If you like the images in this article, I encourage you to render and play with them for yourself — they’re surprisingly delightful. As I experimented, I felt as if I was exploring a new world. This section explains how I created them.

## 9.1 Figures Created with Python

All of the neural network images after figure 2, excluding the heightmaps, were created with this Jupyter notebook.

## 9.2 Figures Created with Grapher

The line graphs and 3D heightmap graphs were generated with Grapher. The corresponding Grapher files can be found in this directory on GitHub.

## 9.3 Figures Created with Shadertoy

Figure 1 is a screenshot of a WebGL-renderable random neural network with the live-editable code at this Shadertoy page.

There are two versions of figure 2 because I don’t think all browsers correctly display the live-rendered version, which uses WebGL. You can experiment with the live-rendered version in real time at this Shadertoy page. The animated gif uses different parameters that you can find at this other Shadertoy page.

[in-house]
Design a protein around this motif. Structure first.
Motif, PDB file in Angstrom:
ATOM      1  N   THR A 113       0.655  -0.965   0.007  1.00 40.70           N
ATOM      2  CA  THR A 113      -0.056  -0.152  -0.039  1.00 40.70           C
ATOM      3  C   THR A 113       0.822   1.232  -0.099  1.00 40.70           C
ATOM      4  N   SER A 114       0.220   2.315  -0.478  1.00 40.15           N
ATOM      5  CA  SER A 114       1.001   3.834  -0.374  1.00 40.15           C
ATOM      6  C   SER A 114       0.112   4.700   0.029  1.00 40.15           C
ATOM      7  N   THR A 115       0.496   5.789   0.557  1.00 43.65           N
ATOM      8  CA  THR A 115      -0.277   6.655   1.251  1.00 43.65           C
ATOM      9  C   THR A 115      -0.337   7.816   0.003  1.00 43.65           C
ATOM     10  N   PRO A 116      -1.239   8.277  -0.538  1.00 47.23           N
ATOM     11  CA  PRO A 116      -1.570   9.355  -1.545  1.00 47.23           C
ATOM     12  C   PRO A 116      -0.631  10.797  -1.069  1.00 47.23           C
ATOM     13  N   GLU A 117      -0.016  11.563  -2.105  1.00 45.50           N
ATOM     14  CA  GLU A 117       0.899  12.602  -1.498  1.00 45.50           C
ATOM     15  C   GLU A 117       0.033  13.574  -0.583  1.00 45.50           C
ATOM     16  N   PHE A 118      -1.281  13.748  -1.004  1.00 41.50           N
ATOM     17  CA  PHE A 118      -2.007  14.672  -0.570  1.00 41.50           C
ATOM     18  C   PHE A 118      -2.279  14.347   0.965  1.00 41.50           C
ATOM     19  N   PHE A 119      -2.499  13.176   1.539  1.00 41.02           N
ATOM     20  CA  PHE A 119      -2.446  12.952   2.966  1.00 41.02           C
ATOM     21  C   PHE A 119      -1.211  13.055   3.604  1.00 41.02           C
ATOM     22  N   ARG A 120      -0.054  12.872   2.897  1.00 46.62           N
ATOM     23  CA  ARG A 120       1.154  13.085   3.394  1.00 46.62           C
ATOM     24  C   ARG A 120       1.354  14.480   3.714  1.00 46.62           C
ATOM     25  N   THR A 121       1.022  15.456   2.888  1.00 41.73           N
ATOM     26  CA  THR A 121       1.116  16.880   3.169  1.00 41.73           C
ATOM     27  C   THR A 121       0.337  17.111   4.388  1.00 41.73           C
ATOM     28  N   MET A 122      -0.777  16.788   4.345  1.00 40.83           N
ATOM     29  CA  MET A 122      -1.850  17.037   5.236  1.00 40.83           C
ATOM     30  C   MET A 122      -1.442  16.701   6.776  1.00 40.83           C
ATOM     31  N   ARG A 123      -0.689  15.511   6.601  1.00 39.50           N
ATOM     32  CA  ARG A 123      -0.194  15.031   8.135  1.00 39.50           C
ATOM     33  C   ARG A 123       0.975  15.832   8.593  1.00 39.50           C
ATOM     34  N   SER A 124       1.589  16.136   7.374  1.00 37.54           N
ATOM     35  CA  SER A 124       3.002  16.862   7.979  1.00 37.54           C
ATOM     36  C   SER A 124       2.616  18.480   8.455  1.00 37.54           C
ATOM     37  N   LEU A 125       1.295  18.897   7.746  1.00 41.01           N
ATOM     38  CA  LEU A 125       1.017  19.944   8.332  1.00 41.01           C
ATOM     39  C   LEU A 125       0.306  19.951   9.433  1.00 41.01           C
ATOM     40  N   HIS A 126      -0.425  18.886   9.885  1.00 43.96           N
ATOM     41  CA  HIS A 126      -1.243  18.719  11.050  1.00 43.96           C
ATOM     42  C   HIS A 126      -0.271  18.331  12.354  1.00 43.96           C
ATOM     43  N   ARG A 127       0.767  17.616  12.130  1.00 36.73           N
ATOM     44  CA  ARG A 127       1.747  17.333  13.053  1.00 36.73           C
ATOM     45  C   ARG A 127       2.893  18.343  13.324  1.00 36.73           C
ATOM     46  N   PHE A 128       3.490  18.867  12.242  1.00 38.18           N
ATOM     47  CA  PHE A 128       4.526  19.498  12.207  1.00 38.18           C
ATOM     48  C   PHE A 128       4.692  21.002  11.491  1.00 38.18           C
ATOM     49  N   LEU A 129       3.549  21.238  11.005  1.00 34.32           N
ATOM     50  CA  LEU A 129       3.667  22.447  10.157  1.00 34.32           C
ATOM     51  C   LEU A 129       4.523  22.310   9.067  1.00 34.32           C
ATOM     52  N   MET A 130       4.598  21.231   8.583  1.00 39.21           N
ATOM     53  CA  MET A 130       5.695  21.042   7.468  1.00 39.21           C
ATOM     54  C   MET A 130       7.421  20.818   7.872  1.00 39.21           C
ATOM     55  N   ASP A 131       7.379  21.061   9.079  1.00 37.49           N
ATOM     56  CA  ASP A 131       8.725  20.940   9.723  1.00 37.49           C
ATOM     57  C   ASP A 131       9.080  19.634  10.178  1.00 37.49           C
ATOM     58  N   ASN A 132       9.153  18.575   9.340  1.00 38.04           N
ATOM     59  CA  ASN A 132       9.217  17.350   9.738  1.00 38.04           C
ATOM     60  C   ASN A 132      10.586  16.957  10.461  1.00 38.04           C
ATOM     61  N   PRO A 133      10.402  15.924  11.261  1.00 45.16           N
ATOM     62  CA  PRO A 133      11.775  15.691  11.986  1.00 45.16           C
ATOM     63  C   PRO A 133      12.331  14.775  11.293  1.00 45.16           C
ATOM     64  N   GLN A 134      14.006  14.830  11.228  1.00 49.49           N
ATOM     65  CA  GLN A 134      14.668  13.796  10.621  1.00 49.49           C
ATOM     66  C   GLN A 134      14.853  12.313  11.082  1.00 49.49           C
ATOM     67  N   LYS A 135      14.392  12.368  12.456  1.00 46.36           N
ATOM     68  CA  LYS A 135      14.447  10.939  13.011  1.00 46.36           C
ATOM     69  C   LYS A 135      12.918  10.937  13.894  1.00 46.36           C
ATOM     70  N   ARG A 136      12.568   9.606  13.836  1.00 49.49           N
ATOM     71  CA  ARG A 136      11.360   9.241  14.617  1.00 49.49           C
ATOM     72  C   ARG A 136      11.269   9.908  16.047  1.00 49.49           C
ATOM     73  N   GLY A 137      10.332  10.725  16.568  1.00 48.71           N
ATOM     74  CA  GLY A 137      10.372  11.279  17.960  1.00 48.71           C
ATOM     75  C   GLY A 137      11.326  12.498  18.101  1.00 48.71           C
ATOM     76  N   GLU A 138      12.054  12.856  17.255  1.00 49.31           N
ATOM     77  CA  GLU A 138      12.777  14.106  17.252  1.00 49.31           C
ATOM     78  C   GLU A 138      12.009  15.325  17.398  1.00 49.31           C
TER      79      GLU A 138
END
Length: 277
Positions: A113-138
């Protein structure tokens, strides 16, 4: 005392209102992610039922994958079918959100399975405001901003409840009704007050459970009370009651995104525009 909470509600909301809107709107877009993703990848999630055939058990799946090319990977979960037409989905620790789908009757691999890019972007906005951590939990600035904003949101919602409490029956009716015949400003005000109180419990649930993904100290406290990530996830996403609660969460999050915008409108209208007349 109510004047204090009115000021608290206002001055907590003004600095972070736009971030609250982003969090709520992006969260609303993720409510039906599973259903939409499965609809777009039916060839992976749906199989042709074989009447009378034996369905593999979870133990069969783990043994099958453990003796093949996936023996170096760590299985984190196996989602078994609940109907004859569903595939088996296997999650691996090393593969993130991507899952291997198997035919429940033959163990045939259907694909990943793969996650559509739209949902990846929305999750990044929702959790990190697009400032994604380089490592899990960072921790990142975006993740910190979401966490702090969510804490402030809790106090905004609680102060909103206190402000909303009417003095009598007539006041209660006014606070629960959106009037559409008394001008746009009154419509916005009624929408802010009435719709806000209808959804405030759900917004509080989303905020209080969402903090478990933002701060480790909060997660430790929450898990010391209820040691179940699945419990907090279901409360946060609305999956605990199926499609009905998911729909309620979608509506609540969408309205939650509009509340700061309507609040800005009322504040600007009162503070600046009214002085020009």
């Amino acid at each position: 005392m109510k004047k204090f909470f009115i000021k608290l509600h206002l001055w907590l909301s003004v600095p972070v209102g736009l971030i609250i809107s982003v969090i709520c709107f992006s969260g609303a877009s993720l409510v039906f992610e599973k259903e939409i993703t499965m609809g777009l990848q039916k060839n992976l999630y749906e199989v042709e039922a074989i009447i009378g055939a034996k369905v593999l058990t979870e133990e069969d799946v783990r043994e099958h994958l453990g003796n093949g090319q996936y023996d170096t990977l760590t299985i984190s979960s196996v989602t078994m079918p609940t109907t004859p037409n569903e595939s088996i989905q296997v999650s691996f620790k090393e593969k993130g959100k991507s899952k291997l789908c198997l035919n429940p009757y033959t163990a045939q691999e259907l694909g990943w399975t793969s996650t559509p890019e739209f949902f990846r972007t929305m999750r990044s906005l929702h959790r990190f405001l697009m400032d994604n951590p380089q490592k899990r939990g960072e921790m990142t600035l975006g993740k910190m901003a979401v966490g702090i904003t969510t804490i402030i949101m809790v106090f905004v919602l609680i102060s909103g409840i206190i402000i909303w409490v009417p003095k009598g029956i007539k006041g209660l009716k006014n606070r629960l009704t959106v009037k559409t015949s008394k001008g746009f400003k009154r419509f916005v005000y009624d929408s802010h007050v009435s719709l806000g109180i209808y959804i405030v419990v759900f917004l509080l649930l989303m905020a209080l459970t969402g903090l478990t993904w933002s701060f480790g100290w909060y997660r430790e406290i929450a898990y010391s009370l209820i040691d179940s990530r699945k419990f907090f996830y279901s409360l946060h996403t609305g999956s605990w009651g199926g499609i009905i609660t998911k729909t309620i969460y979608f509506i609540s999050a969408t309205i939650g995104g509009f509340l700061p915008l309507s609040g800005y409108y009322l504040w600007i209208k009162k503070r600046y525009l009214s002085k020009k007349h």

# References

Glorot, Xavier, and Yoshua Bengio. 2010. “Understanding the Difficulty of Training Deep Feedforward Neural Networks.” In *Proceedings of the Thirteenth International Conference on Artificial Intelligence and Statistics*, 249–56.

Goodfellow, Ian. 2017. “Adversarial Examples and Adversarial Training (Stanford Cs231n, Lecture 16).” YouTube. https://www.youtube.com/watch?v=CIfsB_EYsVI#t=16m32s.

He, Kaiming, Xiangyu Zhang, Shaoqing Ren, and Jian Sun. 2015. “Delving Deep into Rectifiers: Surpassing Human-Level Performance on Imagenet Classification.” In *Proceedings of the Ieee International Conference on Computer Vision*, 1026–34.